I had read through my emails, caught up with the members in my department, and poured myself a fresh mug of coffee.
This was a small military command – no more than 20 people. We were all required to attend “the morning meeting” every, single day.
Twenty people, one hour, five days a week – over 2,000 man hours a year spent discussing things that could have been summed up in half an hour once a week.
We had recently moved into new office spaces and, in an effort to preserve the industrial gray carpet installed by the lowest bidder, the officer in charge required mugs of coffee in the conference room be no more than half full.
One fateful day, my mug was full
Conjure up a surreal, Captain Queeg-esque moment, minus the strawberries, and you’ll be right there with me.
I’ve shared that coffee mug story with real warriors – ones who’ve been shot at, survived helicopter casualties, seen their friends killed – and each of them chuckle at the absurdity.
The situation could have been funny but it was merely a symptom of an organization run off the rails by micro-management and mistrust.
The unfortunate result was discouragement and rock bottom morale. It was eventually referred to as an example of how not to lead in the officer classes taught at the Center for Naval Leadership.
When women lack leadership skills, particularly in a male dominated organization like the military, it poisons the perception of all women as leaders and perpetuate a stereotype.
I’ve worked for real women leaders
They are not battle axes, control freaks, micro-managers, hand-ringers, or histrionic screamers. Oh, I’ve worked for them too, but I’ve also had the honor and pleasure of serving under women who lead well.
The ones who are able to release their need to feel important.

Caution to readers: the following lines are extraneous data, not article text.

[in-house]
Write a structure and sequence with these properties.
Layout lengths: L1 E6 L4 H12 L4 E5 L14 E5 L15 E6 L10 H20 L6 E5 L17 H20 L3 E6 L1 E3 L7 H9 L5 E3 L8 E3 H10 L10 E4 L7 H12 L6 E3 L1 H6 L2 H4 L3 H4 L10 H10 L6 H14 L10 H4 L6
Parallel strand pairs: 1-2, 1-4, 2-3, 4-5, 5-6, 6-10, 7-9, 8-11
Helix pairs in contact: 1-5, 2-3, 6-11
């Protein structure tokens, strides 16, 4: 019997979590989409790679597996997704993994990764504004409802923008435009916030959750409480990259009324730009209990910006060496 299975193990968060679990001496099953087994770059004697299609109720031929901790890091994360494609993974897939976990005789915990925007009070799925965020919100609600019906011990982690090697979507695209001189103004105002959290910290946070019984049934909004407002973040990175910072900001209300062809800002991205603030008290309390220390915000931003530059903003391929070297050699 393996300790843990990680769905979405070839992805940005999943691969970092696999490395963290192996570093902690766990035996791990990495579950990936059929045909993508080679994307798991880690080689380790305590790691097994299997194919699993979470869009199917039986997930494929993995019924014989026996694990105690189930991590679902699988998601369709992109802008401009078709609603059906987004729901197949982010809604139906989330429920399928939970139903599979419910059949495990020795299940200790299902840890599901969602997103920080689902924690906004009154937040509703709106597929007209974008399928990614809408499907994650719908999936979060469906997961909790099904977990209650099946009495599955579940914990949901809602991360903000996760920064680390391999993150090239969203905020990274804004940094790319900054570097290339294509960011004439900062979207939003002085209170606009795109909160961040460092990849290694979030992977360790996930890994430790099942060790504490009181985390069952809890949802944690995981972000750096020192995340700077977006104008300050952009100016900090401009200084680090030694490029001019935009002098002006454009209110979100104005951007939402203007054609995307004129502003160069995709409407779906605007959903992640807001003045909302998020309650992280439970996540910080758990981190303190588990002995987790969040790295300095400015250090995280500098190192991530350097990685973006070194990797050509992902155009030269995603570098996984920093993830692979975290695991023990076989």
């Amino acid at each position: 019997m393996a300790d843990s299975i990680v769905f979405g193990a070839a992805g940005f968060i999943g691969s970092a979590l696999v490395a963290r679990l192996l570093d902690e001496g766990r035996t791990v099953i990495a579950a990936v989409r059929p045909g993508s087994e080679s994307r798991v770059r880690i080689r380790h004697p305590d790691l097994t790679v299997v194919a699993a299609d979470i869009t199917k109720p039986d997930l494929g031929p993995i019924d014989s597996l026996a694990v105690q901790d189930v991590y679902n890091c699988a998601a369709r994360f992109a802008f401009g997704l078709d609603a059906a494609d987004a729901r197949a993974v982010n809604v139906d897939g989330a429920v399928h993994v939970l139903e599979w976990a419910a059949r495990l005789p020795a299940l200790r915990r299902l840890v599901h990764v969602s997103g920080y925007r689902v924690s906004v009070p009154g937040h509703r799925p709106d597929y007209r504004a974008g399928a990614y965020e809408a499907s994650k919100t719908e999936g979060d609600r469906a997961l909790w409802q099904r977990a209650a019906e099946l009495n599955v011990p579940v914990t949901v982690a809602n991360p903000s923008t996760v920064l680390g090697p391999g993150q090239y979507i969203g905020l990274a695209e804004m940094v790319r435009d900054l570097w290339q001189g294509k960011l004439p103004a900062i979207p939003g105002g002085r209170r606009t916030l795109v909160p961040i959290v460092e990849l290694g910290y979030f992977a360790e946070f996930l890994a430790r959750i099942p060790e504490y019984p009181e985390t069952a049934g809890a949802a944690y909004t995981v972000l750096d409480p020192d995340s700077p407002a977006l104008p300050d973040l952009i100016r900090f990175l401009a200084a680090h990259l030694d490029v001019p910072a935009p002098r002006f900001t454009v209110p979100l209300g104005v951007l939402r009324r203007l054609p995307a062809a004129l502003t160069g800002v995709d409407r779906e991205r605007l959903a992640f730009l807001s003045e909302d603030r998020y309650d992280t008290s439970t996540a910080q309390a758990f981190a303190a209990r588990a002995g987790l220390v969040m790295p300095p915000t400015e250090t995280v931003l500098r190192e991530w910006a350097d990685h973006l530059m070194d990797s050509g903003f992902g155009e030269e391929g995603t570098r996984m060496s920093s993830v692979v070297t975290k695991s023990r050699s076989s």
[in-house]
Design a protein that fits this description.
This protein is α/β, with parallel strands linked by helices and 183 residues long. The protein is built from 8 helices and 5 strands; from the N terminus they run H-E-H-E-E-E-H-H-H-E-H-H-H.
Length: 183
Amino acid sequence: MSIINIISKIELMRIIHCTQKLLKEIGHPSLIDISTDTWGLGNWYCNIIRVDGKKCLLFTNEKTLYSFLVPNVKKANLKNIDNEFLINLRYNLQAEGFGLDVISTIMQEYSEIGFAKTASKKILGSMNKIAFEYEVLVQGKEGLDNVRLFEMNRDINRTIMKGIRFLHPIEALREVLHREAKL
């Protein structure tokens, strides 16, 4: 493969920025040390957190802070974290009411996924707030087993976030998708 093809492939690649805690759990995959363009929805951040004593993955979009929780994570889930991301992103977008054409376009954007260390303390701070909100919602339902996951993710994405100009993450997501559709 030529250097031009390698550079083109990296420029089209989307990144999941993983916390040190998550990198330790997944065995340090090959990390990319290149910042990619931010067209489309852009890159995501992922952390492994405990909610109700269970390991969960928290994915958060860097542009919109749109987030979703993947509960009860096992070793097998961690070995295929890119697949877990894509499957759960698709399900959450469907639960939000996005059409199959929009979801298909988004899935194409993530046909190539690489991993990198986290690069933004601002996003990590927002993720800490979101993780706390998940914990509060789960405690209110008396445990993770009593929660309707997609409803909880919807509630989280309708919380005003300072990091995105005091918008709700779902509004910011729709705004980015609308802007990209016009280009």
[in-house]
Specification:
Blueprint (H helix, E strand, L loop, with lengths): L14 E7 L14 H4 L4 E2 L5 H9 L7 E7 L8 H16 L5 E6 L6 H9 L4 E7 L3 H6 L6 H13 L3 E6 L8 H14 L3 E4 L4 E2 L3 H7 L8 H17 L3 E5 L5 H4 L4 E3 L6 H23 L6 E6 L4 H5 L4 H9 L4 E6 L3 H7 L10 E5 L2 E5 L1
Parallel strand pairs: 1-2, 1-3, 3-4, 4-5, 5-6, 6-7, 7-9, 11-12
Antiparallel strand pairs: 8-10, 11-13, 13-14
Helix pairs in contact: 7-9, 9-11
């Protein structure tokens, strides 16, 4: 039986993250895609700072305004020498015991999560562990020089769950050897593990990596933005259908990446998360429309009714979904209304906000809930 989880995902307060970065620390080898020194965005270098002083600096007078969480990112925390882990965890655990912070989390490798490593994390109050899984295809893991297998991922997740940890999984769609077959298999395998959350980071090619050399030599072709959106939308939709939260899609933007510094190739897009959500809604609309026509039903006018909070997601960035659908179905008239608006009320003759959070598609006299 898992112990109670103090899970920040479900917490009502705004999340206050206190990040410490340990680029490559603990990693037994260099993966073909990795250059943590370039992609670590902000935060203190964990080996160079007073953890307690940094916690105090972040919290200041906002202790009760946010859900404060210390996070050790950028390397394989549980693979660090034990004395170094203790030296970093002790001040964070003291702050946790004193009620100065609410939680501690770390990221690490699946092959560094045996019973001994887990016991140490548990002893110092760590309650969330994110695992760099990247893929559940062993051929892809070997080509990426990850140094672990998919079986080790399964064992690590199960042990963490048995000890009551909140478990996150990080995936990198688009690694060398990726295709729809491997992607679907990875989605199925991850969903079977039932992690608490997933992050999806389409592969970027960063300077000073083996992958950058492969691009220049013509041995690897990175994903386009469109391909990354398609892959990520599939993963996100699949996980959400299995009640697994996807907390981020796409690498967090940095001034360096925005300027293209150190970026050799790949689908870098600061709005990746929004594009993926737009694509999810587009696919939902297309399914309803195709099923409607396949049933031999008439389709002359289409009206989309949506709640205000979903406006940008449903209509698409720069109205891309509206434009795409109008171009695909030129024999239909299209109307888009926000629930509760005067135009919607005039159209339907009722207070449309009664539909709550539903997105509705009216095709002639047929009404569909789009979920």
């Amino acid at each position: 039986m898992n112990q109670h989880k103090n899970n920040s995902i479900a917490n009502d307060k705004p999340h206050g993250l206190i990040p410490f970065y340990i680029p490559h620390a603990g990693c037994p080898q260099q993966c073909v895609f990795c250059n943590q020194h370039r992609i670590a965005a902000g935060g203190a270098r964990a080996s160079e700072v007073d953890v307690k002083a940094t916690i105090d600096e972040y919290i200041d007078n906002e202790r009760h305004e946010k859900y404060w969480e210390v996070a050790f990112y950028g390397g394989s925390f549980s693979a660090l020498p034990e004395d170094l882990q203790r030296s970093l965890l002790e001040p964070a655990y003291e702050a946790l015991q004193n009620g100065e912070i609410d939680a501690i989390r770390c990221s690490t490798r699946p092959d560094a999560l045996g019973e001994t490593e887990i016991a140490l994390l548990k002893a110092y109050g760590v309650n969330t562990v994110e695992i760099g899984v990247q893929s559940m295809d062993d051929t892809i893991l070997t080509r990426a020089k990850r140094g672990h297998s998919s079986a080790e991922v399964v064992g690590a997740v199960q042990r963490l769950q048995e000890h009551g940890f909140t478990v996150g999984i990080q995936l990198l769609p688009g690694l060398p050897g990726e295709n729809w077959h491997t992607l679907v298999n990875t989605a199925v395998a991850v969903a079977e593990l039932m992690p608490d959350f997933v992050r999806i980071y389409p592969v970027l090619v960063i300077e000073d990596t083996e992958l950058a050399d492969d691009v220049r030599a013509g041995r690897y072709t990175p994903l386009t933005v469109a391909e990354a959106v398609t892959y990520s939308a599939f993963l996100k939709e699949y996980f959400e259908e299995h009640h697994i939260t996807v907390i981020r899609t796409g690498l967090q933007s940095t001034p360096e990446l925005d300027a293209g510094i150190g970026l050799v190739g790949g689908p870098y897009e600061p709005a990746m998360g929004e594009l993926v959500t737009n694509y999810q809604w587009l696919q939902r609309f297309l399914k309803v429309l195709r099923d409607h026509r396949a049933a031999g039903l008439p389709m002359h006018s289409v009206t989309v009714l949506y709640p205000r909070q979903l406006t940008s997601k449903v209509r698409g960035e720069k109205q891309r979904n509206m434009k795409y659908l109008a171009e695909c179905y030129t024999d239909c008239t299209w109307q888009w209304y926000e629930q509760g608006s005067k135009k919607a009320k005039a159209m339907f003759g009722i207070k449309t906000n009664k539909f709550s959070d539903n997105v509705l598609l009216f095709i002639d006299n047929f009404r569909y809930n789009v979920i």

Who focus on helping people get their job done – the hallmark of servant leadership.
Who know leadership is love in its truest sense – modeling, mentoring, and encouraging others to become greater than they thought possible.
Bullies are not leaders
Are you a leader, or simply in a position of leadership?
If you stifle others because you are afraid they will outshine you, you may lack the confidence to lead.
If you are afraid of your people, and must force and coerce them to show respect in an effort to feel important and in control, you may lack the vision to lead.
If you are consumed by the trappings of authority, engineering ways to display your power and position, you may lack the maturity to lead.
A leader inspires a worthy vision, encourages others to grow beyond her, empowers her people to achieve success, and never makes anyone feel unimportant.
Leadership is love
It’s not rules, regulations, and manuals.
It’s not a mission statement on a laminated card.
It’s not the tight control of other people.
Leadership is the ability to inspire the best in others, and cheer them on as they soar. It is the desire to grow people beyond you, successfully.
- List three women you admire.
- Next to each name, list five traits, characteristics, or behaviors you admire about her.
- Notice the pattern that emerges.
I doubt what you admire is their need to make you feel small. Great women leaders aren’t threatened by other women.
What are three specific things you can do (or stop doing) right now that will cement your role as a leader worth following?